Mieko is worried and afraid that she’s lost her 5th treasure – the “beauty in her heart.” This treasure is the key to her happiness and her beautiful art.
Mieko starts a new school. Her new classmates are mean. They constantly laugh at her and tease her which just makes her angrier. Her grandparents eventually manage to lift her darkness through their patience and wisdom. She also finds a good friend in Yoshi. Yoshi is one classmate who is really kind.
Mieko also grows close to Yoshi’s aunt. Her friend’s aunt is strict, but kind and encourages Mieko to pick up her paintbrushes again.
3. The Outsiders – S.E. Hinton
This short novel is perfect for EFL learners. It has modern themes and typical teenage issues that people around the world have experienced. There are very few cultural notes in this, which means you don’t need much background information. The sentences are short and easy to understand. The vocabulary is also very easy. You should be able to read this book without difficulty.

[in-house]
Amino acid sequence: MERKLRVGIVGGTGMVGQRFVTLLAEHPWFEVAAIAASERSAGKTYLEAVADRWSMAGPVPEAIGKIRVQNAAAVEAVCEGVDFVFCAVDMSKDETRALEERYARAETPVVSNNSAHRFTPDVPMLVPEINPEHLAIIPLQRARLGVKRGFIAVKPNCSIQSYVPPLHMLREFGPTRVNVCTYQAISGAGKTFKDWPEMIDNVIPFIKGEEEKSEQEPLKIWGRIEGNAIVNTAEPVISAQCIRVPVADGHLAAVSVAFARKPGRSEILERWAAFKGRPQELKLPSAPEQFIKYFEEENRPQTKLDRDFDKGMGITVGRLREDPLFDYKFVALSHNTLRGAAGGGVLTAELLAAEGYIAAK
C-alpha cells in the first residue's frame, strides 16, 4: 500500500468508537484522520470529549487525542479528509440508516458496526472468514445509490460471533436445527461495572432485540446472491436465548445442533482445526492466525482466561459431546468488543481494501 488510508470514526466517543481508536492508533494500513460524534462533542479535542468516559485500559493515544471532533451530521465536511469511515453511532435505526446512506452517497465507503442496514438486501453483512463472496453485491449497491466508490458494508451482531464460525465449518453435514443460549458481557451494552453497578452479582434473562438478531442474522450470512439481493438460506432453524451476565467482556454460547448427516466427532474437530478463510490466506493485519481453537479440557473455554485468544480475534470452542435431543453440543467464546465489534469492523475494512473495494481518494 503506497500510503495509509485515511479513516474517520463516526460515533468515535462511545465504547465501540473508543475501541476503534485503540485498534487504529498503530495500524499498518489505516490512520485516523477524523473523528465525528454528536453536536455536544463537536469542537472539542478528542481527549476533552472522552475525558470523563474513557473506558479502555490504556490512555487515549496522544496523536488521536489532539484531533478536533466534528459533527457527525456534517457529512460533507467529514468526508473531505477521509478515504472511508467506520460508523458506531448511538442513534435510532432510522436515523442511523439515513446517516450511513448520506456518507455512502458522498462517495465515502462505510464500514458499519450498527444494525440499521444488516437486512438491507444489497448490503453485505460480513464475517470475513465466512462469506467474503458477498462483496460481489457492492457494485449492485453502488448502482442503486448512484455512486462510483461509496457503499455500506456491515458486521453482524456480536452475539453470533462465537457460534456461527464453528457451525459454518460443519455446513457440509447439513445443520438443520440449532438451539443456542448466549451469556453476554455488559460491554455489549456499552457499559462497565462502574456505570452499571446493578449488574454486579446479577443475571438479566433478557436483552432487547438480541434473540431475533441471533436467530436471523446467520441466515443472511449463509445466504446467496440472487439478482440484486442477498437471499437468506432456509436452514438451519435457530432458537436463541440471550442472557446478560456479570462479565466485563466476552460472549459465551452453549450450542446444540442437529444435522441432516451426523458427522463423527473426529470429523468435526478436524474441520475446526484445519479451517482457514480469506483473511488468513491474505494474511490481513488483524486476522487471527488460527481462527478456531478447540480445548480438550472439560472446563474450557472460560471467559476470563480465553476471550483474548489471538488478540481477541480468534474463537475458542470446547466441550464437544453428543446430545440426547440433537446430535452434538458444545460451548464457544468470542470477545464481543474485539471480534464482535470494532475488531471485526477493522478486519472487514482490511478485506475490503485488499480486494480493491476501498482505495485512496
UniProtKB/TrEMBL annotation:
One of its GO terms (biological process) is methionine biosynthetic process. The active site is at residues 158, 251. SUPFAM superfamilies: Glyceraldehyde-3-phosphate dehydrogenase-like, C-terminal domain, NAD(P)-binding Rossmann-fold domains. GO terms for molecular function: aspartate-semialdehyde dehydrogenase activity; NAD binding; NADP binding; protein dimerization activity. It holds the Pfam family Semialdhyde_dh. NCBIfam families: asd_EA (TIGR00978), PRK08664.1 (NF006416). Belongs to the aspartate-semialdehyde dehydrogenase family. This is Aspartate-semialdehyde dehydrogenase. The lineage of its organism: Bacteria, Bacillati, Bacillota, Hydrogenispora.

Ponyboy Curtis is one of the main characters. He is a part of a gang of teenagers called the Greasers. After he leaves the movie theater one day, he’s attacked by a rival (enemy) gang. Ponyboy’s friends chase the group away and he is saved.
The next evening, Ponyboy and his friends go to watch a movie again. They sit behind a few pretty girls from the other gang. They end up sitting together with the girls. Ponyboy and Cherry learn that they have a lot of things in common even though they are from different gangs. The boys begin to walk the girls’ home, but on the way they meet the girls’ boyfriends. The girls have to leave so a fight does not begin.
Because Ponyboy arrives late at home his brother becomes angry. This causes them to fight. As a result Ponyboy tries to run away from home. They meet up with the rival gang again and yet another fight begins. This time one of the enemies is killed.